More and more rental homes are costing tenants more than 30% of their gross household income, according to a recent study by The catch? People find the prices reasonable.

New South Wales (NSW), at 43%, showed the highest percentage of renters who are experiencing “rental stress” – in which rent eats up for more than 30% of income. Victoria, Australian Capital Territory, Western Australia and Tasmania, at 40%, tied for the second spot. They were followed by South Australia (39%), Queensland (36%) and Northern Territory (23%).

The rental stress rate for people earning $500-$1000 per week was 64% in Sydney but only 37% Melbourne.

High-stress rental regions (60-70%) in Sydney include Greater Western Sydney and Hawkesbury, while areas in the Upper North Shore and Southern Sydney were in the 40-50% range for cases of rental stress.

Melbourne’s outer regions, including the Yarra Ranges, Hume, Mornington and Macedon Ranges, were all areas with high rates of rental stress.

“People living in low-income areas are more likely to be under housing stress. Particularly in Sydney, which is the most expensive city in Australia,”’s Chief Economist Nerida Conisbee said.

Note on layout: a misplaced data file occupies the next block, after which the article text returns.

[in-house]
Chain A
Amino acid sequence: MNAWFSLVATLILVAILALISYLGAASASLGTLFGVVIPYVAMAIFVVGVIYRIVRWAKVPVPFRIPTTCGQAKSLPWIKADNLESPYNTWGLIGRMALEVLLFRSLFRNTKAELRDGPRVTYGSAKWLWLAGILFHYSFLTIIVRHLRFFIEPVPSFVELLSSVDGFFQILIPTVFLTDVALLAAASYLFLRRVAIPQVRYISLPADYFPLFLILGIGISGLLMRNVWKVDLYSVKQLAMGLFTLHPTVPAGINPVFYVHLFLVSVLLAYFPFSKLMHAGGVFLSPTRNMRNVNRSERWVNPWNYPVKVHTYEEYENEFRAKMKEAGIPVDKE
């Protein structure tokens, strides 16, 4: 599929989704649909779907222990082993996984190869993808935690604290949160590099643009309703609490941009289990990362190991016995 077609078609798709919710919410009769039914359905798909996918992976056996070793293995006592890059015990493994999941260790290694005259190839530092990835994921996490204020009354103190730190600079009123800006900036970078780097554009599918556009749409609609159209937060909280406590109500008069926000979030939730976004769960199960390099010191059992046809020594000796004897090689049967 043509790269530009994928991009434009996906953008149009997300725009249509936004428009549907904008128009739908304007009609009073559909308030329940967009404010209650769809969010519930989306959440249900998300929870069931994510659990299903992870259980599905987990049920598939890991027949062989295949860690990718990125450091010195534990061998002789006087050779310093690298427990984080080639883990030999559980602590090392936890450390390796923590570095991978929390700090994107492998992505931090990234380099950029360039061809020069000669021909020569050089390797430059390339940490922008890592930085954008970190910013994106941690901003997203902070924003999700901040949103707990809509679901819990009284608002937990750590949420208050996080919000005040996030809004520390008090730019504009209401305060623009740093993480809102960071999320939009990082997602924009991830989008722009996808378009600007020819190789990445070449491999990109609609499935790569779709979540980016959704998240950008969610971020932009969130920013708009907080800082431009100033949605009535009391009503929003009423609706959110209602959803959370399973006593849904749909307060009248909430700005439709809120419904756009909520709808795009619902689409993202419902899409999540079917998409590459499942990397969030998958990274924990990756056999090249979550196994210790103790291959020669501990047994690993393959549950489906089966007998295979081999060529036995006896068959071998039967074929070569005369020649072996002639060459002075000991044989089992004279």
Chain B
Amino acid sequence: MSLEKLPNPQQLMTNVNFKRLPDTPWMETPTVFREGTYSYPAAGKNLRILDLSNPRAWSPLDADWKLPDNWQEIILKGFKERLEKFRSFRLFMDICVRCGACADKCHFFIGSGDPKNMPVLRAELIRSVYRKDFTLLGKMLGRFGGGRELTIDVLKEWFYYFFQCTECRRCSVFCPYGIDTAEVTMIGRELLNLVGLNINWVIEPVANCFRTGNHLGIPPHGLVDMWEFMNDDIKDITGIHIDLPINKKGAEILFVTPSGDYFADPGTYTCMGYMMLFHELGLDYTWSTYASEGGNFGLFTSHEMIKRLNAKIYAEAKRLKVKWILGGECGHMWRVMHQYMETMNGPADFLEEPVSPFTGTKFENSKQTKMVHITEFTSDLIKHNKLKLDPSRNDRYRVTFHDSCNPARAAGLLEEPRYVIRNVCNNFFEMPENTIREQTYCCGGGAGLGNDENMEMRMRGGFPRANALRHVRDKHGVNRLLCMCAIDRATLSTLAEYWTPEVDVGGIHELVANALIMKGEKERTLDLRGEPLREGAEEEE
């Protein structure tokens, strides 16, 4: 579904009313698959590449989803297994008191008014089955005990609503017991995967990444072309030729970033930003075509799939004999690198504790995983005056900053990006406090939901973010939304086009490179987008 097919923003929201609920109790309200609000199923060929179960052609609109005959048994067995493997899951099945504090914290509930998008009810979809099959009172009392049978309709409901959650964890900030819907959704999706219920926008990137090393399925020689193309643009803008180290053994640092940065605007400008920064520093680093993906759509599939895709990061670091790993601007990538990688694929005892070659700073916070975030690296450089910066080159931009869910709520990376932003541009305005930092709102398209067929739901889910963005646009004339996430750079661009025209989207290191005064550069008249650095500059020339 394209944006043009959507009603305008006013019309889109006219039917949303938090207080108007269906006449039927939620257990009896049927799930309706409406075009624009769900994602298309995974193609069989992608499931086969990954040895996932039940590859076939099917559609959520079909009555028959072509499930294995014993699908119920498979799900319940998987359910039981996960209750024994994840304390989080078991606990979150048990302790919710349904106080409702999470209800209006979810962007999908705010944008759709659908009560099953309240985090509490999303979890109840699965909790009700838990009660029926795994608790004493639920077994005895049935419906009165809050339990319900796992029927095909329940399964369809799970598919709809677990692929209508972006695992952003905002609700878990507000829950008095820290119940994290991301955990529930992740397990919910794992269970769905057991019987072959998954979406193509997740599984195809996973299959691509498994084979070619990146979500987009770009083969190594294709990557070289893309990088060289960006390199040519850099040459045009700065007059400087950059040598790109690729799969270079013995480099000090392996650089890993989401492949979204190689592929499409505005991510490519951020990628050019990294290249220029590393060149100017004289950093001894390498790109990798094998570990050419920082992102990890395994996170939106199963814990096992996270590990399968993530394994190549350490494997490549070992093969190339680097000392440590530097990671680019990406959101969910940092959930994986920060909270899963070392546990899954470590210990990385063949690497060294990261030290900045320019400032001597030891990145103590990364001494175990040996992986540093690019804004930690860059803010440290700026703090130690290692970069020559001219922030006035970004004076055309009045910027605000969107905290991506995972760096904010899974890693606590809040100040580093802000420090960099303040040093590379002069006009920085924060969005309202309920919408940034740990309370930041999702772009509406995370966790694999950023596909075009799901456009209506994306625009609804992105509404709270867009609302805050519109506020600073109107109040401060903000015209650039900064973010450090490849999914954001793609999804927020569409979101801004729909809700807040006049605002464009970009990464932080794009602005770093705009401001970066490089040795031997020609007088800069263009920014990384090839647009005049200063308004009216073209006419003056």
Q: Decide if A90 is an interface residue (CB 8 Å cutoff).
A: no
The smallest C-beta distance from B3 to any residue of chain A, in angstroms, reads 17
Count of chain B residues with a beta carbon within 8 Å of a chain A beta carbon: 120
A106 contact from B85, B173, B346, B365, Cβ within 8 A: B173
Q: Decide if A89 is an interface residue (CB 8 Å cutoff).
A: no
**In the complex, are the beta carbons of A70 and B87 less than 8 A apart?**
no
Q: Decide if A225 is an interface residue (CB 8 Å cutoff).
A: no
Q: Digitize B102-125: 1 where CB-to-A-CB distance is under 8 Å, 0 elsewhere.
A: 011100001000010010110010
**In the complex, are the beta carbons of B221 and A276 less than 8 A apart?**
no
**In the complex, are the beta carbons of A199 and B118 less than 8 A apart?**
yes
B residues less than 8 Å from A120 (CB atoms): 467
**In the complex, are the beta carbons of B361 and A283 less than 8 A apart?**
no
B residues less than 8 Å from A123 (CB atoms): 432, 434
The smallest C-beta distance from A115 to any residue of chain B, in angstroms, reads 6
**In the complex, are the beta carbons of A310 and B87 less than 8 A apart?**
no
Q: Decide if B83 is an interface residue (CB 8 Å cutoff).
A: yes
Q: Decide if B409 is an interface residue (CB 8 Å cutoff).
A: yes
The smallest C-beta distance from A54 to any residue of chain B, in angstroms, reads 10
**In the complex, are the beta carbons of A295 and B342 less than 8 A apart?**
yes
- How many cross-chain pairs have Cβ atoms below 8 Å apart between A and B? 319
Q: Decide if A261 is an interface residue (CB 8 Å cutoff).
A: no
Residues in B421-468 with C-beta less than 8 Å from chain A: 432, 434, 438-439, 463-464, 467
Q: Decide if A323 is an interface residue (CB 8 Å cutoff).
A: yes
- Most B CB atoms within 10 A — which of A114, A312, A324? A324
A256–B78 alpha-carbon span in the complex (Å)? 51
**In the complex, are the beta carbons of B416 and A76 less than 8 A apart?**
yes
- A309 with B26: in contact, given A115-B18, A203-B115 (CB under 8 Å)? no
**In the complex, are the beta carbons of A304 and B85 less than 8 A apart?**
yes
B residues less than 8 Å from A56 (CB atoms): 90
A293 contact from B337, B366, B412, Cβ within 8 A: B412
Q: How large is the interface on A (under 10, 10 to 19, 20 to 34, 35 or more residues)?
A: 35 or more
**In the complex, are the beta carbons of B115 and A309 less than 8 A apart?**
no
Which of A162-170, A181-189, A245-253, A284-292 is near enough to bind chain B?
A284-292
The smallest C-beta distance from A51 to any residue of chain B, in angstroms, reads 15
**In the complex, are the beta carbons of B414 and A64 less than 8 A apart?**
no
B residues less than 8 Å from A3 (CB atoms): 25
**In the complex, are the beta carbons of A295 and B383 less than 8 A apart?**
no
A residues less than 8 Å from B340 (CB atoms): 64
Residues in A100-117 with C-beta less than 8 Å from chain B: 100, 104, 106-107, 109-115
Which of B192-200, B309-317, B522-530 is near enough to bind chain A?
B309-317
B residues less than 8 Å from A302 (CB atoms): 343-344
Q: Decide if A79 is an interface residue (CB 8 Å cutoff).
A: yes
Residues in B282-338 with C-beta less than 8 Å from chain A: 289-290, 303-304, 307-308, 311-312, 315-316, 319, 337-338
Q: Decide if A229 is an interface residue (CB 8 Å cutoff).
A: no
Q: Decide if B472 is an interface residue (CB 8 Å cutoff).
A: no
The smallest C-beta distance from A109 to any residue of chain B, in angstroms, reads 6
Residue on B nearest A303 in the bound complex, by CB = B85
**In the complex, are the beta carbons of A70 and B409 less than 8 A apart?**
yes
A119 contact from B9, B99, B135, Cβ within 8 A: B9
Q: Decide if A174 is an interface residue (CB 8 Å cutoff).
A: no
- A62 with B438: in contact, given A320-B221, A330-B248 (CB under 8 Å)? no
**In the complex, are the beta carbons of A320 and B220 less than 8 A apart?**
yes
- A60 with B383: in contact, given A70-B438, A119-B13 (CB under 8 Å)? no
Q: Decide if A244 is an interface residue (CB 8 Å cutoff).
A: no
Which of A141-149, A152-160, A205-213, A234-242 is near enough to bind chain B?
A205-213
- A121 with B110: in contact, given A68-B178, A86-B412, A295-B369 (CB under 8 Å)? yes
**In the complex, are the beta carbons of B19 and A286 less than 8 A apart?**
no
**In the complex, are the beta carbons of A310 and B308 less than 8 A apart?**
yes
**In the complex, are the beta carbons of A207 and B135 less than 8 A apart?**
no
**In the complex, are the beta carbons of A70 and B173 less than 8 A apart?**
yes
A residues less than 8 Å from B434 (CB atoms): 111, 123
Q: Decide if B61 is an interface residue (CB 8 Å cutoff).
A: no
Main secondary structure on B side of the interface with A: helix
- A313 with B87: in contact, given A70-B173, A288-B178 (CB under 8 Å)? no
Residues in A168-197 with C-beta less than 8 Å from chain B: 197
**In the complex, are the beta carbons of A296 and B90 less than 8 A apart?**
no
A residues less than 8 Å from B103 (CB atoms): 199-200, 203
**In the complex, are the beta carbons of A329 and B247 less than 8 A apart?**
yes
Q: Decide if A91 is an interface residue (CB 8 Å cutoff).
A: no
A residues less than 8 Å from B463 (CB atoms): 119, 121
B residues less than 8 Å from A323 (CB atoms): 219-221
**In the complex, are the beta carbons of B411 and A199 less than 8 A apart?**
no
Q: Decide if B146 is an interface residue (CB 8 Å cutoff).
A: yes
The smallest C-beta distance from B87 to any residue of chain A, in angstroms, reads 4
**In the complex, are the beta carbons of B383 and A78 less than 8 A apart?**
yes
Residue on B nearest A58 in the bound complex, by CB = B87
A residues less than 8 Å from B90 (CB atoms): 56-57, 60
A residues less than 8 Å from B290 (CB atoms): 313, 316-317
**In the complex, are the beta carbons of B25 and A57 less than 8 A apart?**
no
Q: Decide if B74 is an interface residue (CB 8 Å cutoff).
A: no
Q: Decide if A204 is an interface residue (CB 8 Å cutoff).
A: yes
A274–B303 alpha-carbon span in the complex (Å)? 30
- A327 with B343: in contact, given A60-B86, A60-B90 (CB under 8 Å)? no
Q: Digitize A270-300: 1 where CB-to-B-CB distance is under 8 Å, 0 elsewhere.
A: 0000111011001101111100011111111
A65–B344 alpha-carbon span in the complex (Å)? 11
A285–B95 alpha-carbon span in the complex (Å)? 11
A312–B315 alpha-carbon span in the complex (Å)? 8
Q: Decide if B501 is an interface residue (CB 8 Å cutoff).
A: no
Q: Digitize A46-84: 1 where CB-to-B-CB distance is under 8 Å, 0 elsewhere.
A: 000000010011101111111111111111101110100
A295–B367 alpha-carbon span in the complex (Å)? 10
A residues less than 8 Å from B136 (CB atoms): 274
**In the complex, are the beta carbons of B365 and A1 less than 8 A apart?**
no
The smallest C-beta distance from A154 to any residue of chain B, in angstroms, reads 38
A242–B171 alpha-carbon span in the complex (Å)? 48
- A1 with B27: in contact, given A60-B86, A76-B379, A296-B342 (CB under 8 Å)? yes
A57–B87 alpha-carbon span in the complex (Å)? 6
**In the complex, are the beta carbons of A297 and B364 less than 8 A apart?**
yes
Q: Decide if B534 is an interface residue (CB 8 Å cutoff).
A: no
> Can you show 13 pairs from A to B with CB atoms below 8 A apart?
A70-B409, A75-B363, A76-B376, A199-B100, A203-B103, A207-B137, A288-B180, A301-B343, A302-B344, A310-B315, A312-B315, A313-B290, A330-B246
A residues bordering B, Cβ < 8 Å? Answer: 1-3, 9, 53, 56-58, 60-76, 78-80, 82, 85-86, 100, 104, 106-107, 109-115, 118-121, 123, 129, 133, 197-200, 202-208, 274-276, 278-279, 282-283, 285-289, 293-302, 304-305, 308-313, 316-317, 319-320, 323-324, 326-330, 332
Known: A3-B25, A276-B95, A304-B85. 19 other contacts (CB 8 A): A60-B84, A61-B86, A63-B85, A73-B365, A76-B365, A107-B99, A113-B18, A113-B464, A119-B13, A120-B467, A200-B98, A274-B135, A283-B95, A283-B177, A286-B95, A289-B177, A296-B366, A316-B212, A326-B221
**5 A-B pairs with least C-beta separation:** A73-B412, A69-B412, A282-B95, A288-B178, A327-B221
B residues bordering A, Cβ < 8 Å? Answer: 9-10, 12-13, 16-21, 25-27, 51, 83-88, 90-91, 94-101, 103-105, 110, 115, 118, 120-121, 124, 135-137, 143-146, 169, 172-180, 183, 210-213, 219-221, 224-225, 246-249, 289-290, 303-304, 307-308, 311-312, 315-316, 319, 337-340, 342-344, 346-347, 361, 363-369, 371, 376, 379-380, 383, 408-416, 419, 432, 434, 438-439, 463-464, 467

There are some social factors that can drive the strain, according to Conisbee.  For instance, renters are usually younger and have lower income than buyers. However, in Sydney’s case, rents simply eat up a significantly larger portion of the average wage. This is why more people are renting and sharing.’s report revealed, though, that rental stress doesn’t seem to bother many tenants. While it is becoming rampant, 72% of the respondents said they had no issues with the amount of rent they pay and believed the pricing was fair.

Nerida Conisbee,’s chief economist, said a lot of renters are glad to pay more for a quality lifestyle and amenities.

“Young people are the most likely to rent, and they generally do it before they buy a home, so tend to choose places that are fun to live. Often they will rent in a far more expensive area, but then buy in cheaper areas. So, they’re aware they’re paying higher rent but don’t have an expectation of staying in the area too long, so see it as a fair price to pay for the lifestyle,” she said.